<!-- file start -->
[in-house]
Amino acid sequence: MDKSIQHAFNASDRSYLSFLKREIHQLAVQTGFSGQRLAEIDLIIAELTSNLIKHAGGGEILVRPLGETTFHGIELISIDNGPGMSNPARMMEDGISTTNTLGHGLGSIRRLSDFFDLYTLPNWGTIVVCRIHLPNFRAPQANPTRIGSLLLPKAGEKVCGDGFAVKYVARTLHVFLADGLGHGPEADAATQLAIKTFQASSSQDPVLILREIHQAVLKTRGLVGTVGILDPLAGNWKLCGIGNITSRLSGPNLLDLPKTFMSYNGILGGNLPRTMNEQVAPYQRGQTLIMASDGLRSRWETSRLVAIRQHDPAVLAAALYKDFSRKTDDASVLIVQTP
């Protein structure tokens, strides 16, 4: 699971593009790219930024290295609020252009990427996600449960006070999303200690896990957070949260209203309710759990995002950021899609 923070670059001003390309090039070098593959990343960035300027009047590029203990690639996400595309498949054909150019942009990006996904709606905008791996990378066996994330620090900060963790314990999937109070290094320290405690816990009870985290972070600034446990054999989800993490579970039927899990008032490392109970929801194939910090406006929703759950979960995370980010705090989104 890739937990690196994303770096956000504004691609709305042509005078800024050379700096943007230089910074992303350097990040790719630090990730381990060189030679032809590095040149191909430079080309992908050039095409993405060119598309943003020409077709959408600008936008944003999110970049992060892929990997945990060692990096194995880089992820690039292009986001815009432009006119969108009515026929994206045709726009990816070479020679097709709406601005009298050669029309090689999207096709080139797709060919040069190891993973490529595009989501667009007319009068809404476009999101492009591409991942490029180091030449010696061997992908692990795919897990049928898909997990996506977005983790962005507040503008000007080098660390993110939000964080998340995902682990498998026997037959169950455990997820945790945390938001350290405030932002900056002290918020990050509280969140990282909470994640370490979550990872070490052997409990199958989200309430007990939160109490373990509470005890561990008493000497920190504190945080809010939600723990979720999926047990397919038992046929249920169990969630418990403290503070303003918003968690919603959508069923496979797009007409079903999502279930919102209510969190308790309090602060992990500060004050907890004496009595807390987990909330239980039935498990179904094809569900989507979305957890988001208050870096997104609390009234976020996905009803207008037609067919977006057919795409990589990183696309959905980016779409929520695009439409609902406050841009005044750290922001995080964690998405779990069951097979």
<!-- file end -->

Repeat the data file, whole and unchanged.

[in-house]
Amino acid sequence: MDKSIQHAFNASDRSYLSFLKREIHQLAVQTGFSGQRLAEIDLIIAELTSNLIKHAGGGEILVRPLGETTFHGIELISIDNGPGMSNPARMMEDGISTTNTLGHGLGSIRRLSDFFDLYTLPNWGTIVVCRIHLPNFRAPQANPTRIGSLLLPKAGEKVCGDGFAVKYVARTLHVFLADGLGHGPEADAATQLAIKTFQASSSQDPVLILREIHQAVLKTRGLVGTVGILDPLAGNWKLCGIGNITSRLSGPNLLDLPKTFMSYNGILGGNLPRTMNEQVAPYQRGQTLIMASDGLRSRWETSRLVAIRQHDPAVLAAALYKDFSRKTDDASVLIVQTP
């Protein structure tokens, strides 16, 4: 699971593009790219930024290295609020252009990427996600449960006070999303200690896990957070949260209203309710759990995002950021899609 923070670059001003390309090039070098593959990343960035300027009047590029203990690639996400595309498949054909150019942009990006996904709606905008791996990378066996994330620090900060963790314990999937109070290094320290405690816990009870985290972070600034446990054999989800993490579970039927899990008032490392109970929801194939910090406006929703759950979960995370980010705090989104 890739937990690196994303770096956000504004691609709305042509005078800024050379700096943007230089910074992303350097990040790719630090990730381990060189030679032809590095040149191909430079080309992908050039095409993405060119598309943003020409077709959408600008936008944003999110970049992060892929990997945990060692990096194995880089992820690039292009986001815009432009006119969108009515026929994206045709726009990816070479020679097709709406601005009298050669029309090689999207096709080139797709060919040069190891993973490529595009989501667009007319009068809404476009999101492009591409991942490029180091030449010696061997992908692990795919897990049928898909997990996506977005983790962005507040503008000007080098660390993110939000964080998340995902682990498998026997037959169950455990997820945790945390938001350290405030932002900056002290918020990050509280969140990282909470994640370490979550990872070490052997409990199958989200309430007990939160109490373990509470005890561990008493000497920190504190945080809010939600723990979720999926047990397919038992046929249920169990969630418990403290503070303003918003968690919603959508069923496979797009007409079903999502279930919102209510969190308790309090602060992990500060004050907890004496009595807390987990909330239980039935498990179904094809569900989507979305957890988001208050870096997104609390009234976020996905009803207008037609067919977006057919795409990589990183696309959905980016779409929520695009439409609902406050841009005044750290922001995080964690998405779990069951097979």